For some retailers, holiday sales can make up 30% of their total revenue for the year. That’s great for the bottom line, but not so great for marketers’ stress levels. With so many revenue goals dependent on sales during this time of year, all of that pressure can squeeze out creativity — leaving a brand scrambling to come up with a holiday campaign that is fresh, original, and eye-catching.

The good news is, you don’t have to reinvent the wheel for a great holiday campaign. Take a page from the playbooks of legacy businesses and up-and-coming direct-to-consumer (D2C) brands alike to find inspiration for your own holiday campaign. Whether it’s a dash of tradition, a dollop of sarcasm, or something that’s out there — literally — these brands’ holiday campaigns may be just the creative infusion you need.

Put a Spin on the Holiday Spirit: Apple

Most people see a teen or tween on their phone and assume that the kid is trying to avoid family. But Apple took that stereotype and flipped it on its head with its Misunderstood holiday campaign. In this short film, a young boy looks like he’s checked out from the family by being on his phone. But the twist at the end is that he was actually capturing every single moment and creating a montage on his phone. Not only did Apple capture the spirit of the holiday season and what it’s like being with family, but it also showcased all the creative capabilities of its latest iPhone. The commercial was widely celebrated — nabbing an Emmy for Outstanding Commercial. Apple took a familiar trope and repackaged it to give it a little more heart.

Include Furry Friends: BarkPost

Dog lovers can’t imagine the holidays without their four-legged family members. BarkPost went all-in with its Yappy Thanksgiving campaign by featuring dogs in their marketing assets. It sent an email to its subscribers full of useful tips for incorporating their furry friends into their holiday celebrations, including feeding safety tips, holiday-themed cartoons, and videos, and tips to enjoy the holidays with your dog. Not only did BarkPost send something useful geared toward its target audience, but it also fostered brand awareness and built more trust with their audience. This holiday campaign helped to strengthen their relationships with customers.

talk about dog people

Encourage Exploration: REI’s #OptOutside Holiday Campaign

It may seem counterintuitive to shut down your business on a day that drives close to $8 billion in revenue, but that’s exactly what REI did. On Black Friday, widely regarded as the biggest money-maker day of the holiday season, the outdoor giant decided to do the unthinkable and close its stores nationwide. Its #OptOutside campaign encouraged its customers and employees to get outside and enjoy the outdoors with friends and family during the Thanksgiving break, instead of camping out in front of REI stores trying to luck out on the hottest deals. The campaign aligned perfectly with REI’s identity as an outdoor brand, making a statement about the need to enjoy every moment, and sparked a conversation about what’s important during the holidays.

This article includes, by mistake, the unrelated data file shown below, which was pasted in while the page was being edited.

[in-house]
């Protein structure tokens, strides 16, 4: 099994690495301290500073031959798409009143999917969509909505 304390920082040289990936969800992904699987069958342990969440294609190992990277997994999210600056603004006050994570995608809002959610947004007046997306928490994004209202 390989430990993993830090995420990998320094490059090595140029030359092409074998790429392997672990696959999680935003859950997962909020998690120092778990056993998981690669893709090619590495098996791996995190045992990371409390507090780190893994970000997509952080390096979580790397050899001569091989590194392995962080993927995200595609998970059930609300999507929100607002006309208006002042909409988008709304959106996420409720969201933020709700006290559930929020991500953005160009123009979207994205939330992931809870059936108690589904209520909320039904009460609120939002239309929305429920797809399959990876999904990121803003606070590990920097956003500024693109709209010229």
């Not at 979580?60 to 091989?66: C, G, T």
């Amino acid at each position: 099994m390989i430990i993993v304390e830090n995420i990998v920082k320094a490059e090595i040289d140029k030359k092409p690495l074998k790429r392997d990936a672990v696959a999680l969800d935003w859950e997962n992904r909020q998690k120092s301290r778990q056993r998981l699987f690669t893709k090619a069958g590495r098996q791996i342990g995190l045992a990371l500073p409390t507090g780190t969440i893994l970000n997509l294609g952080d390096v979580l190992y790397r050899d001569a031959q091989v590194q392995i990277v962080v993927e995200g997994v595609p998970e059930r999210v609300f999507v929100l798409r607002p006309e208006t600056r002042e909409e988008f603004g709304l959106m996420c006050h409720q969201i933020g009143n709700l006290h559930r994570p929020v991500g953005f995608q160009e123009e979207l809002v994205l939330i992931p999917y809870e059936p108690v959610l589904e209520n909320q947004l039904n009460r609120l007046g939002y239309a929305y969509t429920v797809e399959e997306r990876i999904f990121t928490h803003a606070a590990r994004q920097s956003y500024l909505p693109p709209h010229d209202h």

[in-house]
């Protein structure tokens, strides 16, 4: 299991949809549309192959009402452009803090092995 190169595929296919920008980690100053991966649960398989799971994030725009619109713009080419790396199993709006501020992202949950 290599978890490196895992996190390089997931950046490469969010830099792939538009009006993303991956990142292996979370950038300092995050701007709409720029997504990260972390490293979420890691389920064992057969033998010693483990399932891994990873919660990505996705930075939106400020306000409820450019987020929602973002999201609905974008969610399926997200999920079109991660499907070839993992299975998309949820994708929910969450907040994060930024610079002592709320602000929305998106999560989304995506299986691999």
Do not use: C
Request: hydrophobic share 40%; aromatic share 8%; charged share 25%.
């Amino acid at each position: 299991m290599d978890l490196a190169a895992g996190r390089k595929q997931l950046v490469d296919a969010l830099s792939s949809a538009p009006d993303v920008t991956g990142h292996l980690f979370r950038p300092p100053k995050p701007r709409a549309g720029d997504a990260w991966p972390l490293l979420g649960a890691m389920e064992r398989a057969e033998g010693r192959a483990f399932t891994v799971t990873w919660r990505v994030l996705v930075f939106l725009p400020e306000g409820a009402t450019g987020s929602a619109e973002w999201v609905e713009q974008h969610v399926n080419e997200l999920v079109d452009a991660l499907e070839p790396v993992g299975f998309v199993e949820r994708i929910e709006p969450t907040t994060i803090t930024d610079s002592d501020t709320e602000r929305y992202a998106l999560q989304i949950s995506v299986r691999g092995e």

Be a Little Snarky: Dollar Shave Club

Shaving kits as a holiday gift seem pretty basic, right? Not for Dollar Shave Club. It brought a touch of snark when it promoted its Dollar Shave Club Holiday Shave Set, positioning it as the gift that other gifts just can’t even handle. In a short Instagram video, the snowman on the culturally recognized ugly holiday sweater gets so jealous it melts itself with a hairdryer. Not only did Dollar Shave Club amuse its audience, but it also played off a cheesy yet well-established holiday tradition. By presenting what is considered to be a lackluster gift as a hot commodity, Dollar Shave Club was able to showcase its sense of irreverent humor to shoppers who would have never considered razors as a potential gift.

Bask in Tradition: Macy’s

If you’re a traditional brand, you may think that food and presents will be the most resounding elements of your campaign. However, charity is a significant part of the holidays, and Macy’s jumped on it with its “Believe” campaign. For every letter to Santa posted on its website, Macy’s donated $1 to the Make-a-Wish foundation. The campaign got its audience to engage with Macy’s directly through the letter to Santa site while fostering goodwill toward the brand. That might be more than you can spend, but aligning your brand with a charity lets you express your brand identity while also doing good for others. This is a stroke of brilliant marketing storytelling that aligns perfectly with Macy’s brand values.

These are just five examples you can use as inspiration for your upcoming holiday campaigns. Whether your brand is sentimental, sarcastic, or something in between, there’s a way to make your marketing stand out from the incessant stream of jingling bells and falling snowflakes, if you take cues from what’s worked for other brands.